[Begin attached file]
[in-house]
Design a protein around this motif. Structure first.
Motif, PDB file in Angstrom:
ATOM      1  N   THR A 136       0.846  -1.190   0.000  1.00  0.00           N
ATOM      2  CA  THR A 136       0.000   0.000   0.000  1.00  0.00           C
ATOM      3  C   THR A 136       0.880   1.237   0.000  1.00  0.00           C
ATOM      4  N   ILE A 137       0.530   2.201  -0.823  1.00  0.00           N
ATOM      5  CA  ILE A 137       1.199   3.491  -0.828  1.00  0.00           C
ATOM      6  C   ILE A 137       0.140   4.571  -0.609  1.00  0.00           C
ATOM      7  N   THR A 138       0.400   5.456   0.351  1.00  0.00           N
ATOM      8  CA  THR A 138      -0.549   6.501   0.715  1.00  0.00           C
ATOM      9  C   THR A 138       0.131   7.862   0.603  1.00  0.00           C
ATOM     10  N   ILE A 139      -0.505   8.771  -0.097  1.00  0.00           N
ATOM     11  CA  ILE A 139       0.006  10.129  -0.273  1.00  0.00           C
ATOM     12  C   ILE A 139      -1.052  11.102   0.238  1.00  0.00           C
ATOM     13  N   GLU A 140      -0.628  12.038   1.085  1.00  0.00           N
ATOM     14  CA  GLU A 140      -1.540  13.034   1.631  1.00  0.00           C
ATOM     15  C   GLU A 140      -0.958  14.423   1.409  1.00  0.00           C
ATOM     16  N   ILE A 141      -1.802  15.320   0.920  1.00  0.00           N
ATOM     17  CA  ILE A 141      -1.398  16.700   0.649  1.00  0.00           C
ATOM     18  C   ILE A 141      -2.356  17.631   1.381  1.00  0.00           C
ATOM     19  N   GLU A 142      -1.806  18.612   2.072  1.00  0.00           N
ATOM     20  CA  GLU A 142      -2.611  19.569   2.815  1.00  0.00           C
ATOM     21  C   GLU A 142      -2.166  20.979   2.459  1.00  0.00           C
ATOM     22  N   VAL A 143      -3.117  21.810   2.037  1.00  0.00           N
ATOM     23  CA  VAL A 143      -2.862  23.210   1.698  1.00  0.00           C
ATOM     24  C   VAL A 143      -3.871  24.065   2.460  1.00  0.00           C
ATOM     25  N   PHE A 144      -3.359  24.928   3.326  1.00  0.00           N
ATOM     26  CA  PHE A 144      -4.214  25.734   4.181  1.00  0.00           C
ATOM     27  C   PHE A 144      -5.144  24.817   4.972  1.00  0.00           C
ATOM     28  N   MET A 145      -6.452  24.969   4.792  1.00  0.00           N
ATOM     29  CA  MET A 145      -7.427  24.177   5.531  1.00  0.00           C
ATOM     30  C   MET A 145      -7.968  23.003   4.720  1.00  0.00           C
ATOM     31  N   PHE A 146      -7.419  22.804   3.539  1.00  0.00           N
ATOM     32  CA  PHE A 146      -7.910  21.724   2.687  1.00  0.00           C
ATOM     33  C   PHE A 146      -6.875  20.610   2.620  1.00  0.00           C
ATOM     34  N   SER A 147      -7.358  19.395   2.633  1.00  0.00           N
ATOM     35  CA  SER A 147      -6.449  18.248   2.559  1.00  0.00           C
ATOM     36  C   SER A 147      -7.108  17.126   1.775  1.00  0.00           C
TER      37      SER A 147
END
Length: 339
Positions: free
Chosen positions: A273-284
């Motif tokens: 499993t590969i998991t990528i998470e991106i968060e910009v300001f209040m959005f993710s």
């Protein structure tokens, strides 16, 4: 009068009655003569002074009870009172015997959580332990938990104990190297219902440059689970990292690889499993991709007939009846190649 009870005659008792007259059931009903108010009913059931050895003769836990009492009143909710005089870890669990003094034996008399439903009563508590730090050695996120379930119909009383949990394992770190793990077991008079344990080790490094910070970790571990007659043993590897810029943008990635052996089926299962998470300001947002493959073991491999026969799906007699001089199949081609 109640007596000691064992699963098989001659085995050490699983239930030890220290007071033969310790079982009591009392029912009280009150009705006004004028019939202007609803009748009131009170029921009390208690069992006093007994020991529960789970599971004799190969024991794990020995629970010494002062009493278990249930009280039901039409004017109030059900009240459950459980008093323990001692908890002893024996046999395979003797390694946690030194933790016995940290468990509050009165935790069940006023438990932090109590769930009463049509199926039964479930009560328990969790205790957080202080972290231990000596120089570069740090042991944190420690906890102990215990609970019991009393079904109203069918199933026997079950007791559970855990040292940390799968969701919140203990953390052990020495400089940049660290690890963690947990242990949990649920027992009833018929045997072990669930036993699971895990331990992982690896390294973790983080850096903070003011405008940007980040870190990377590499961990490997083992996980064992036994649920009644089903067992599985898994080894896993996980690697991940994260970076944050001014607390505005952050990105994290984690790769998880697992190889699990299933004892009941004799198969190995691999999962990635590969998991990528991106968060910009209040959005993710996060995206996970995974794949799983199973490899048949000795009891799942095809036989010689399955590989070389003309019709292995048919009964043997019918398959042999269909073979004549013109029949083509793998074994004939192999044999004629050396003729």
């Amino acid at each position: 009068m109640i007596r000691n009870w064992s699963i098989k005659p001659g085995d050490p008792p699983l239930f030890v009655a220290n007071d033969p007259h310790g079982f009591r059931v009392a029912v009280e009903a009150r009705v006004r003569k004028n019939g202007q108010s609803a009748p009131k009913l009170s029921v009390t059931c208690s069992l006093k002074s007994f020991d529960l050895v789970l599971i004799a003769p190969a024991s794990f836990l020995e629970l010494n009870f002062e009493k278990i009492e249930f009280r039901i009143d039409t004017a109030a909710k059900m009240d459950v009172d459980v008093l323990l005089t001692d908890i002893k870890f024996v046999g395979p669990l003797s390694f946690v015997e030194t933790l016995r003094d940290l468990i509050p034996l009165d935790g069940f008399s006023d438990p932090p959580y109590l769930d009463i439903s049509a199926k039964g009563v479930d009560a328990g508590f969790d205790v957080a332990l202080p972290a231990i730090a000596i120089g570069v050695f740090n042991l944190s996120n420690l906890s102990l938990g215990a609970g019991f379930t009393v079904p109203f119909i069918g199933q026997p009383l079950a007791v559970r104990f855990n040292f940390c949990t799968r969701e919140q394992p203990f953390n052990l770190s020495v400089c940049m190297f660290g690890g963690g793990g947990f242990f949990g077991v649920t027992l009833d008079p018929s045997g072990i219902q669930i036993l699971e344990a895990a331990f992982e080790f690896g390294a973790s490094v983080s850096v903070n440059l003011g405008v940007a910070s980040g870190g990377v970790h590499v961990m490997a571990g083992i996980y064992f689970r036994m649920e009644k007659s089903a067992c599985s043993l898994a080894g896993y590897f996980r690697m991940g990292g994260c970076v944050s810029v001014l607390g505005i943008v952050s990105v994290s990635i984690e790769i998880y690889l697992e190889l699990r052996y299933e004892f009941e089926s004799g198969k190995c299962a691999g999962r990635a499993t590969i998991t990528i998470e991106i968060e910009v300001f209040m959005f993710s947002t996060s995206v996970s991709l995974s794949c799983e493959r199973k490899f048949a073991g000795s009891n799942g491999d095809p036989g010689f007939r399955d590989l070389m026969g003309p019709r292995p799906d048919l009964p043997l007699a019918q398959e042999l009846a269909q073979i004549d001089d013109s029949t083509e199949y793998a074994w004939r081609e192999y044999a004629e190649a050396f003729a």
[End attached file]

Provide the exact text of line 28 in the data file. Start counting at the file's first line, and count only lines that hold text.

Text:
ATOM     25  N   PHE A 144      -3.359  24.928   3.326  1.00  0.00           N